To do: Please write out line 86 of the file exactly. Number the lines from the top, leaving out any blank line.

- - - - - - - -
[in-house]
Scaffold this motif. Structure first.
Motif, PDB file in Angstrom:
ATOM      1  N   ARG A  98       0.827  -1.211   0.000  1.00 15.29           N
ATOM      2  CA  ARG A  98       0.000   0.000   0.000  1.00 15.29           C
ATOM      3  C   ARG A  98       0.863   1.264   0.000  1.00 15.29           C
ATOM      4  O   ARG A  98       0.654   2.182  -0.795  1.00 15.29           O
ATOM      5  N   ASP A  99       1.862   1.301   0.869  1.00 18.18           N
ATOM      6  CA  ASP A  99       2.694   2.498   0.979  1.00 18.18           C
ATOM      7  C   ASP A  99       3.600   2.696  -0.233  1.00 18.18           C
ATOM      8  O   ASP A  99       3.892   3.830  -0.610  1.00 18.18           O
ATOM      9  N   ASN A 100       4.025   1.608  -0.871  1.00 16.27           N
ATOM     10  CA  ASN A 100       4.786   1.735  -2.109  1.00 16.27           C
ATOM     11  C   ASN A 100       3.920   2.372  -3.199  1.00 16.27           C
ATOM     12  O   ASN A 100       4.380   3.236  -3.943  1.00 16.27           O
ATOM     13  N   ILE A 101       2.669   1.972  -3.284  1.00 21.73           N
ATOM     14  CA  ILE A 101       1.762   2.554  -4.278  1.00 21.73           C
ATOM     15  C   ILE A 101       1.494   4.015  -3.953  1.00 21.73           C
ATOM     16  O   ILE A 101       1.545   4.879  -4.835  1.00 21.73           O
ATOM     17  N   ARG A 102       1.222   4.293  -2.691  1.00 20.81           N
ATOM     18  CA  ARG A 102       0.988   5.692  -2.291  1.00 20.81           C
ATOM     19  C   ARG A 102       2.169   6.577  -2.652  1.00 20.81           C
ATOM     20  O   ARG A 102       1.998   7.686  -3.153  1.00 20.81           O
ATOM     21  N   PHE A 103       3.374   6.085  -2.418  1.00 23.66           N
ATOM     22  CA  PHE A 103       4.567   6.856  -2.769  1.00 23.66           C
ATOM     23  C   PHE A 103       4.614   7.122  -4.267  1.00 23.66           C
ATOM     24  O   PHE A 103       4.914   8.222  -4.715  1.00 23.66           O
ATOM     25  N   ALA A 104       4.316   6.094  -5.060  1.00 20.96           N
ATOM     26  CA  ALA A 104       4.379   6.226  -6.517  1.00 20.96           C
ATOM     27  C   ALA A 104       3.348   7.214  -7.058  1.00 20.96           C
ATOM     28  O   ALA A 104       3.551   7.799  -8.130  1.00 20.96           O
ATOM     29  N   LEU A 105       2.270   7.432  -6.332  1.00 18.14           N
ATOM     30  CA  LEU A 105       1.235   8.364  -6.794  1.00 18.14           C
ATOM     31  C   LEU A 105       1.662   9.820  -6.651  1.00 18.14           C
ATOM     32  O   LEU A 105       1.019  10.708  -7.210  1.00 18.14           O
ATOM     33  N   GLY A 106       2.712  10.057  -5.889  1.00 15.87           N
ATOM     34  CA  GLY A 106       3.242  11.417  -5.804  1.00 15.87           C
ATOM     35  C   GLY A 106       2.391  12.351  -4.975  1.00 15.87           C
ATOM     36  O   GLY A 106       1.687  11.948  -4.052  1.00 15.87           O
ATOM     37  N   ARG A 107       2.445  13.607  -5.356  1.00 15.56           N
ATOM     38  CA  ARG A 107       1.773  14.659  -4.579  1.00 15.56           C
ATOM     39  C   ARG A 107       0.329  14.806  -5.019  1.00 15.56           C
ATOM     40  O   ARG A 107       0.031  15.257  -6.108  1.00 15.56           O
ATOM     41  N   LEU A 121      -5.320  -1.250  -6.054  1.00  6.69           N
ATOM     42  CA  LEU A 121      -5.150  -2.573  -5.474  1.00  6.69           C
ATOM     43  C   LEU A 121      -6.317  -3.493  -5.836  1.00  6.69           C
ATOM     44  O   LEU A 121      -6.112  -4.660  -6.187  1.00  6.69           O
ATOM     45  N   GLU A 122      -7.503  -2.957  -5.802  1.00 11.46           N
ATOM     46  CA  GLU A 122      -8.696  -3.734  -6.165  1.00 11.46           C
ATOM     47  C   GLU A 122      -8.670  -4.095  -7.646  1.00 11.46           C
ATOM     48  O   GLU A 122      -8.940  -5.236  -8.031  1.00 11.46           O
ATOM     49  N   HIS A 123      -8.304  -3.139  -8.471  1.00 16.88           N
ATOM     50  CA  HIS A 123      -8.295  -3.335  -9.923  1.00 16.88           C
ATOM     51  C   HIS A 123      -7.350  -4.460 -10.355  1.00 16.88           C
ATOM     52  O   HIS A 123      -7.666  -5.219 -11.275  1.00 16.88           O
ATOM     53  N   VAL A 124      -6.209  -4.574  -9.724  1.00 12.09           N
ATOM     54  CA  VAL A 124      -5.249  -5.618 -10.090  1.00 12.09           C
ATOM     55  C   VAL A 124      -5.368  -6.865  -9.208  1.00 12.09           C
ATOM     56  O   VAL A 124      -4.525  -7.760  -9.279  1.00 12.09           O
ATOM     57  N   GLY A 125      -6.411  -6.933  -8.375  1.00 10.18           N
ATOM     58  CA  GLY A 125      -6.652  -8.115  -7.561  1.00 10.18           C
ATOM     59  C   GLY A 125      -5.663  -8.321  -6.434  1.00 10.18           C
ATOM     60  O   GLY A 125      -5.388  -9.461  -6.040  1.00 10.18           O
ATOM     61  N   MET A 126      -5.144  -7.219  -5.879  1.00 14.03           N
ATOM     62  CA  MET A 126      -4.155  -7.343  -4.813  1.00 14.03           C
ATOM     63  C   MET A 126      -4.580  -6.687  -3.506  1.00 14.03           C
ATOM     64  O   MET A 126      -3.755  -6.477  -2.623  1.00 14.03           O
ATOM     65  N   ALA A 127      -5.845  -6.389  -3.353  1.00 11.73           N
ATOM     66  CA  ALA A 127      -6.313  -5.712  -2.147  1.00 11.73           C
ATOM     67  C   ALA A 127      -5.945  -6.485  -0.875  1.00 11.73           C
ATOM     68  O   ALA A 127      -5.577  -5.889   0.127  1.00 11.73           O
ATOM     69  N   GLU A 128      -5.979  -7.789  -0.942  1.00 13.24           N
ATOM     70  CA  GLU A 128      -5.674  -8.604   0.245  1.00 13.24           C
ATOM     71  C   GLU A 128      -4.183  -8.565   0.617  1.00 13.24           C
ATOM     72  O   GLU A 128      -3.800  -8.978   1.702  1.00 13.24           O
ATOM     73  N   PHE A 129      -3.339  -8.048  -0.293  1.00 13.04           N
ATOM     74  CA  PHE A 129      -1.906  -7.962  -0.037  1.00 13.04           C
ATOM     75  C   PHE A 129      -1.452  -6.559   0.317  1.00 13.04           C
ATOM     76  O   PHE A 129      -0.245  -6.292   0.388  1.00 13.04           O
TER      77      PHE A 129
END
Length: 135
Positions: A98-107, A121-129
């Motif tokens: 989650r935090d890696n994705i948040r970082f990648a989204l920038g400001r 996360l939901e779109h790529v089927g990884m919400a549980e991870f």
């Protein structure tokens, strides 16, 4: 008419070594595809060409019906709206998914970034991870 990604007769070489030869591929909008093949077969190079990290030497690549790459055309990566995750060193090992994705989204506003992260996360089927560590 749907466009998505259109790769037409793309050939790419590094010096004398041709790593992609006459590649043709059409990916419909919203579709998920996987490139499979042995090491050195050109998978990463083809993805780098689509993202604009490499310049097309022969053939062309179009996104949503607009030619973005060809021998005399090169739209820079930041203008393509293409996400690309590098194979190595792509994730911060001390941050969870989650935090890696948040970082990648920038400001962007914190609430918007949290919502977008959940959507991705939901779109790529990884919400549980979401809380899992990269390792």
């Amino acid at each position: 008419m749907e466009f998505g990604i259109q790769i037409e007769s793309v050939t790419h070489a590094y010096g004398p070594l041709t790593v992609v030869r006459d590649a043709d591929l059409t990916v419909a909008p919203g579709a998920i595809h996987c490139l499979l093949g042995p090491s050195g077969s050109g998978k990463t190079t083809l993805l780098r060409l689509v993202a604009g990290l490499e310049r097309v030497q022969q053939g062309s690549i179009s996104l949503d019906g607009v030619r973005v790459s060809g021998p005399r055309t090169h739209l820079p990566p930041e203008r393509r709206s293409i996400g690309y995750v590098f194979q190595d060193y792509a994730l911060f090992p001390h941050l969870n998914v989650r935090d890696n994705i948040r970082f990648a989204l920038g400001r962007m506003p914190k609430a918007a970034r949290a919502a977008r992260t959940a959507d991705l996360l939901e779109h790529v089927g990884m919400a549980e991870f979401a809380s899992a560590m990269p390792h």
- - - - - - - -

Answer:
């Amino acid at each position: 008419m749907e466009f998505g990604i259109q790769i037409e007769s793309v050939t790419h070489a590094y010096g004398p070594l041709t790593v992609v030869r006459d590649a043709d591929l059409t990916v419909a909008p919203g579709a998920i595809h996987c490139l499979l093949g042995p090491s050195g077969s050109g998978k990463t190079t083809l993805l780098r060409l689509v993202a604009g990290l490499e310049r097309v030497q022969q053939g062309s690549i179009s996104l949503d019906g607009v030619r973005v790459s060809g021998p005399r055309t090169h739209l820079p990566p930041e203008r393509r709206s293409i996400g690309y995750v590098f194979q190595d060193y792509a994730l911060f090992p001390h941050l969870n998914v989650r935090d890696n994705i948040r970082f990648a989204l920038g400001r962007m506003p914190k609430a918007a970034r949290a919502a977008r992260t959940a959507d991705l996360l939901e779109h790529v089927g990884m919400a549980e991870f979401a809380s899992a560590m990269p390792h």